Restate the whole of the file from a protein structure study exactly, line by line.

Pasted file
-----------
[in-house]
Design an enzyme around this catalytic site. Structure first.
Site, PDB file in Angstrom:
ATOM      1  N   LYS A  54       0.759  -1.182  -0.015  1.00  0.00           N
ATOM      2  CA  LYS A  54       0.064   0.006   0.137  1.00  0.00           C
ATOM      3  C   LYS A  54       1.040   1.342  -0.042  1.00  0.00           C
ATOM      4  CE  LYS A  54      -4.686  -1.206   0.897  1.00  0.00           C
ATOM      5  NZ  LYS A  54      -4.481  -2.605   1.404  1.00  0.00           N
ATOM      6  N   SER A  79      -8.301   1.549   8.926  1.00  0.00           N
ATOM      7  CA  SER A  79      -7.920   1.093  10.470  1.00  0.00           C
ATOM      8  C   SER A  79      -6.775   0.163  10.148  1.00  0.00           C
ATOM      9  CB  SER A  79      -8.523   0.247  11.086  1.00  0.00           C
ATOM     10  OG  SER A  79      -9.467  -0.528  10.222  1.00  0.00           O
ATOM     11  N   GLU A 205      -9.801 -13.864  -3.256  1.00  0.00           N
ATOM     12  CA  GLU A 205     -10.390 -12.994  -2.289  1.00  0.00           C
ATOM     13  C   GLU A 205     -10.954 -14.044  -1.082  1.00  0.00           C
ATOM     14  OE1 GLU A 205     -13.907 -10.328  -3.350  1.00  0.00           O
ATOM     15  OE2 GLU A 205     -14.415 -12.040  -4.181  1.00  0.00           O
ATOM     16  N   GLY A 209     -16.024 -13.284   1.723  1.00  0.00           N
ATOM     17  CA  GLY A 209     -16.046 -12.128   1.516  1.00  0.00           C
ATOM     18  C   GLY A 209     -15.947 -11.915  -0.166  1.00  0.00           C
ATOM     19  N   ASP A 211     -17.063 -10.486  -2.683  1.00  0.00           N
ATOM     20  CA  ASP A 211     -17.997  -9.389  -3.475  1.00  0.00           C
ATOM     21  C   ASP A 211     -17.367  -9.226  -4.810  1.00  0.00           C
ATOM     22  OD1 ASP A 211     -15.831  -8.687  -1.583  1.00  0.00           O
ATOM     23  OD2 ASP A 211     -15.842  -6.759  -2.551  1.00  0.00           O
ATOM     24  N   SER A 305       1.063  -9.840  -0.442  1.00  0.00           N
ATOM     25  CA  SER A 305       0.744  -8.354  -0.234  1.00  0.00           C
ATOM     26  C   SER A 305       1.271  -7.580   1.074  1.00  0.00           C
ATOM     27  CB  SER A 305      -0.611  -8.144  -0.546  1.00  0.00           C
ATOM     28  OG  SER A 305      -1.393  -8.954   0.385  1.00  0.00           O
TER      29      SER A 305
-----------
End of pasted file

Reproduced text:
[in-house]
Design an enzyme around this catalytic site. Structure first.
Site, PDB file in Angstrom:
ATOM      1  N   LYS A  54       0.759  -1.182  -0.015  1.00  0.00           N
ATOM      2  CA  LYS A  54       0.064   0.006   0.137  1.00  0.00           C
ATOM      3  C   LYS A  54       1.040   1.342  -0.042  1.00  0.00           C
ATOM      4  CE  LYS A  54      -4.686  -1.206   0.897  1.00  0.00           C
ATOM      5  NZ  LYS A  54      -4.481  -2.605   1.404  1.00  0.00           N
ATOM      6  N   SER A  79      -8.301   1.549   8.926  1.00  0.00           N
ATOM      7  CA  SER A  79      -7.920   1.093  10.470  1.00  0.00           C
ATOM      8  C   SER A  79      -6.775   0.163  10.148  1.00  0.00           C
ATOM      9  CB  SER A  79      -8.523   0.247  11.086  1.00  0.00           C
ATOM     10  OG  SER A  79      -9.467  -0.528  10.222  1.00  0.00           O
ATOM     11  N   GLU A 205      -9.801 -13.864  -3.256  1.00  0.00           N
ATOM     12  CA  GLU A 205     -10.390 -12.994  -2.289  1.00  0.00           C
ATOM     13  C   GLU A 205     -10.954 -14.044  -1.082  1.00  0.00           C
ATOM     14  OE1 GLU A 205     -13.907 -10.328  -3.350  1.00  0.00           O
ATOM     15  OE2 GLU A 205     -14.415 -12.040  -4.181  1.00  0.00           O
ATOM     16  N   GLY A 209     -16.024 -13.284   1.723  1.00  0.00           N
ATOM     17  CA  GLY A 209     -16.046 -12.128   1.516  1.00  0.00           C
ATOM     18  C   GLY A 209     -15.947 -11.915  -0.166  1.00  0.00           C
ATOM     19  N   ASP A 211     -17.063 -10.486  -2.683  1.00  0.00           N
ATOM     20  CA  ASP A 211     -17.997  -9.389  -3.475  1.00  0.00           C
ATOM     21  C   ASP A 211     -17.367  -9.226  -4.810  1.00  0.00           C
ATOM     22  OD1 ASP A 211     -15.831  -8.687  -1.583  1.00  0.00           O
ATOM     23  OD2 ASP A 211     -15.842  -6.759  -2.551  1.00  0.00           O
ATOM     24  N   SER A 305       1.063  -9.840  -0.442  1.00  0.00           N
ATOM     25  CA  SER A 305       0.744  -8.354  -0.234  1.00  0.00           C
ATOM     26  C   SER A 305       1.271  -7.580   1.074  1.00  0.00           C
ATOM     27  CB  SER A 305      -0.611  -8.144  -0.546  1.00  0.00           C
ATOM     28  OG  SER A 305      -1.393  -8.954   0.385  1.00  0.00           O
TER      29      SER A 305